Carolina League notebook

Keys outfielder Avery working hard to race up Orioles ladder

(Jerry Hale/

By Pete Kerzel / Special to | June 2, 2010 5:00 AM ET

Watch Xavier Avery as he accelerates out of the batter's box or sprints to steal a base, and his football background is clearly in evidence. Sometimes, Avery flashes the skills that had the University of Georgia recruiting him to play running back.

But the football days that dominated his youth in Decatur, Ga., are long gone.

"I'm competitive. I always like to pick the harder thing, and I think baseball is one of the hardest sports," said Avery, center fielder and leadoff hitter for the Frederick Keys, the Baltimore Orioles' Class A Advanced affiliate.

The Orioles made Avery their second-round pick (No. 50 overall) in the 2008 First-Year Player Draft, snagging the reputed fastest player available. The 20-year-old started taking his baseball seriously four years ago, and Baltimore's interest convinced him to walk away from a potentially promising gridiron career.

"I don't hear him talking about football anymore," said Keys skipper Orlando Gomez, who also managed Avery last season with the Delmarva Shorebirds of the Class A South Atlantic League.

For now, Avery is a uniformed contradiction, a soft-spoken player in fluorescent orange spikes who is ripe with potential but still learning and working on the game's finer points. Avery is hitting .279 (57-for-204) with two homers, 23 RBIs and 14 stolen bases after 50 games.

"He's learning to read the pitchers, learning what counts he can go on -- because I let him run," Gomez said. "He's learning, and once in a while, he makes a mistake. But mistakes teach you how to do things right.

Defensively, Avery remains a work in progress. Last year at Delmarva, he would make a spectacular play before booting an easy pop fly. Gomez has been working with Avery to shorten his sometimes indirect routes to fly balls, and to be more efficient when charging ground balls.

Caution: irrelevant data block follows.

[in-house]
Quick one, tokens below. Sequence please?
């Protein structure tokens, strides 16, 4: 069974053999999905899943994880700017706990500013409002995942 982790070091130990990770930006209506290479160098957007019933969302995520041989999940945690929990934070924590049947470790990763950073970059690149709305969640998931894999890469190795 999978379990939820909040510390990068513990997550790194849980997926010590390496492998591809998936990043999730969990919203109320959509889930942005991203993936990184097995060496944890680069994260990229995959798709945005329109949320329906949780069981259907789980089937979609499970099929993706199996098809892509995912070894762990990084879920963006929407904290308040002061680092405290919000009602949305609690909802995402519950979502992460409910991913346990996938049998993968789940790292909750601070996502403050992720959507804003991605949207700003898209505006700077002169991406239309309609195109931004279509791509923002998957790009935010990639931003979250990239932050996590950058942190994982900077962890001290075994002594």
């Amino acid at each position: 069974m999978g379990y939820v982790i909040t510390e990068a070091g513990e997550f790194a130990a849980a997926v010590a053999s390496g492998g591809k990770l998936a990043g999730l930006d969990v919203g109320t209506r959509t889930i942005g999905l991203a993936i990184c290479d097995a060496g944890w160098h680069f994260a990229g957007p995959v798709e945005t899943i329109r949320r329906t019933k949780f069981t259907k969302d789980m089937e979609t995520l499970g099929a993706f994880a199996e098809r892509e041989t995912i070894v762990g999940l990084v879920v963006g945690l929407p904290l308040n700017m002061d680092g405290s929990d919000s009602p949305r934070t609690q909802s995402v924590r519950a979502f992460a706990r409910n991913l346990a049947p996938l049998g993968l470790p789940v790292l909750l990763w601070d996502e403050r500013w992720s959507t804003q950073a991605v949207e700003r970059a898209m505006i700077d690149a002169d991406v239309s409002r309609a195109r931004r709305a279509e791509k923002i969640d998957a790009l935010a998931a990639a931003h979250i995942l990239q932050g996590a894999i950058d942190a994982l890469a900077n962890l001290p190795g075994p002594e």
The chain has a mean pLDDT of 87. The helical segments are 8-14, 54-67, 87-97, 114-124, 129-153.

As a leadoff hitter, Avery is working on balancing aggressiveness with the need to see pitches. Pitchers are challenging him late in counts with off-speed stuff, so Avery finds himself trying to master hitting a pitch that has been the downfall of many a Minor League prospect.

"He's going deeper into counts," Gomez said. "Once in a while, maybe he swings at a first pitch. But he's taking pitches. ... You don't want to take the bat out of his hand. There are certain situations where I want him to swing at the first pitch if he gets a good pitch to hit."

Avery, however, whiffed earlier this season when the subject was baseball history. On a road trip bus ride, 61* was playing. While teammates were mesmerized by the home run chase between Mickey Mantle and Roger Maris, Avery wasn't even sure who the New York Yankees teammates were, or the nature of their competition in 1961.

"I love to learn about the history. There's a lot of players I don't know, like Roger [Maris] and Mickey Mantle. Growing up, I didn't watch [games on TV] a lot. I wasn't the kind of guy to pick up baseball cards. I was outside, running around and playing football."

What Avery saw was enlightening.

"I was asking a whole lot of questions, because I was amazed by all the things that Roger Maris went through to get to 61 homers," he said. "I feel like I can relate to it when I see those type of things -- what it takes to get there, how to put all the stress behind you and just play the game. We have a lot of stress, a lot of pain, but every day we get up and go out and play baseball like there's nothing to it."

In brief

Mound gems: Myrtle Beach Pelicans right-hander Julio Teheran struck out a career-high 14 batters on May 31, lowering his ERA to 0.43 with eight shutout innings against the Northern Division-leading Frederick Keys. ... Kinston southpaw T.J. McFarland came within one out of the Indians' first complete game since 2004, working 8 2/3 innings of one-run ball in a victory over the Wilmington Blue Rocks on May 31.

Ouch, that hurts! Wilmington had committed at least one error in 12 straight games through Memorial Day. The Blue Rocks, who owned the top fielding percentage in the league earlier this season, broke the streak with an error-free game June 1.

Sole survivor: Winston-Salem Dash outfielder Justin Greene is the only player in the league to have played in every game for his team this season. Greene's streak is at 52 and counting.

Long time coming: Kinston's Nick Hagadone had just notched his first victory of the season May 26 before being promoted to Double-A Akron on May 29. It was the left-hander's first win since April 10, 2008. Hagadone has been on a rigid pitch count while recovering from Tommy John surgery and rarely pitched the five innings necessary for a starter to qualify for a victory.

Pete Kerzel is a contributor to This story was not subject to the approval of the National Association of Professional Baseball Leagues or its clubs.

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